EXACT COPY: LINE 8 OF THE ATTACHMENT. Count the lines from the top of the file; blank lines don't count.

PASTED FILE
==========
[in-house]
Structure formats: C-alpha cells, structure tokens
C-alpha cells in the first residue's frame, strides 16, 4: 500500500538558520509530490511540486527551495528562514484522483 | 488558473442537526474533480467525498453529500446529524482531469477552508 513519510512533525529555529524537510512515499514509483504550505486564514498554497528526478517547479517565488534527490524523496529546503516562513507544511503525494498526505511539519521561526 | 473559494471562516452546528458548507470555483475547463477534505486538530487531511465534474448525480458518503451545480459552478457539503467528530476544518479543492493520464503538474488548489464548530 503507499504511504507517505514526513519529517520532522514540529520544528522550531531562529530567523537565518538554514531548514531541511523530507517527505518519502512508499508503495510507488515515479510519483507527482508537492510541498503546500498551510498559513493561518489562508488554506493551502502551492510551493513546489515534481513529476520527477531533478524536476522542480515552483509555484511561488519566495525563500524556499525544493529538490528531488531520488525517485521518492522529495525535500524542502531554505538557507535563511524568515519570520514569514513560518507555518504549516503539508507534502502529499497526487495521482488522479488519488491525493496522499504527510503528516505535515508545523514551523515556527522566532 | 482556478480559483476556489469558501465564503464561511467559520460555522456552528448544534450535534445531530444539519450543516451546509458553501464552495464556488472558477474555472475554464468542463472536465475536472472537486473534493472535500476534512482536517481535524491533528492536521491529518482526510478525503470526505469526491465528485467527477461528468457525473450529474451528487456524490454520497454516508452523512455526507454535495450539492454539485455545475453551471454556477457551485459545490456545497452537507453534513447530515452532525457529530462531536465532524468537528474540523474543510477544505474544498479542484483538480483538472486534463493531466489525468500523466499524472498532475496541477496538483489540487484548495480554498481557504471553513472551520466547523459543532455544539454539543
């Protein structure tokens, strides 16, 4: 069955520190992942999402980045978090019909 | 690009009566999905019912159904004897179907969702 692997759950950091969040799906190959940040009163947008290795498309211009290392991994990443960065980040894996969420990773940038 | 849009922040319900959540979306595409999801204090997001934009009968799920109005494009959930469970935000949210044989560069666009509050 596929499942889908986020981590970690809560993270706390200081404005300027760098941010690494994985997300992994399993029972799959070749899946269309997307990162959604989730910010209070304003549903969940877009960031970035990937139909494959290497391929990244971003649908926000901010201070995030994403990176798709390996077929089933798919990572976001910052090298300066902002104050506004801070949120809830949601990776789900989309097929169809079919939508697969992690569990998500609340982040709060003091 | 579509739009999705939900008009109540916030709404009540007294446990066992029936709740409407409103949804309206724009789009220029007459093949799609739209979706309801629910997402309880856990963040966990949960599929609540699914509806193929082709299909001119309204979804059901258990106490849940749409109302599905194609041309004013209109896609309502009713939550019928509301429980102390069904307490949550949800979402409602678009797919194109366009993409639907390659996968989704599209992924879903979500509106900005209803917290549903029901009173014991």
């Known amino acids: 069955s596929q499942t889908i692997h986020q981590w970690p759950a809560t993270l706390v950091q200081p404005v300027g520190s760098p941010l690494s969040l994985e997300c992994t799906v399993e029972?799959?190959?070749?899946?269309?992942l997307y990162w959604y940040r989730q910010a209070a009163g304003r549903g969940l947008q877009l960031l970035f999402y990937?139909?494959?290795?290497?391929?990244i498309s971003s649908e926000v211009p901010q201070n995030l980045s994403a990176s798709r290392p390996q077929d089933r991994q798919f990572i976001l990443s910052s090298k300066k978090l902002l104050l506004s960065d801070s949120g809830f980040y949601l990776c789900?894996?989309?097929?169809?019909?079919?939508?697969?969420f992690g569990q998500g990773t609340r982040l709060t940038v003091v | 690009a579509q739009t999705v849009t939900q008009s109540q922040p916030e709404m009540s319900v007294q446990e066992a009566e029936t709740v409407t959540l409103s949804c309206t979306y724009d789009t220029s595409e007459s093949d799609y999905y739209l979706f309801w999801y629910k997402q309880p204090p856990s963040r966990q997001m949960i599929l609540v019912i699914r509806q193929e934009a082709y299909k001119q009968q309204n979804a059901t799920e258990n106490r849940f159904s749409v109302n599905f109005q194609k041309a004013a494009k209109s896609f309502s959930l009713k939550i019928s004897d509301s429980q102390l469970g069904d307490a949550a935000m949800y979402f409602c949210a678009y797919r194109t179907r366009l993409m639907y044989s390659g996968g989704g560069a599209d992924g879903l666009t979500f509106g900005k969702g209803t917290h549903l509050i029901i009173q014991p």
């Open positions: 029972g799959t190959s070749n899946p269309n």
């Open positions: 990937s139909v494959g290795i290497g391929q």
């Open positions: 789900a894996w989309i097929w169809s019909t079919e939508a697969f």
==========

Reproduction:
């Open positions: 789900a894996w989309i097929w169809s019909t079919e939508a697969f």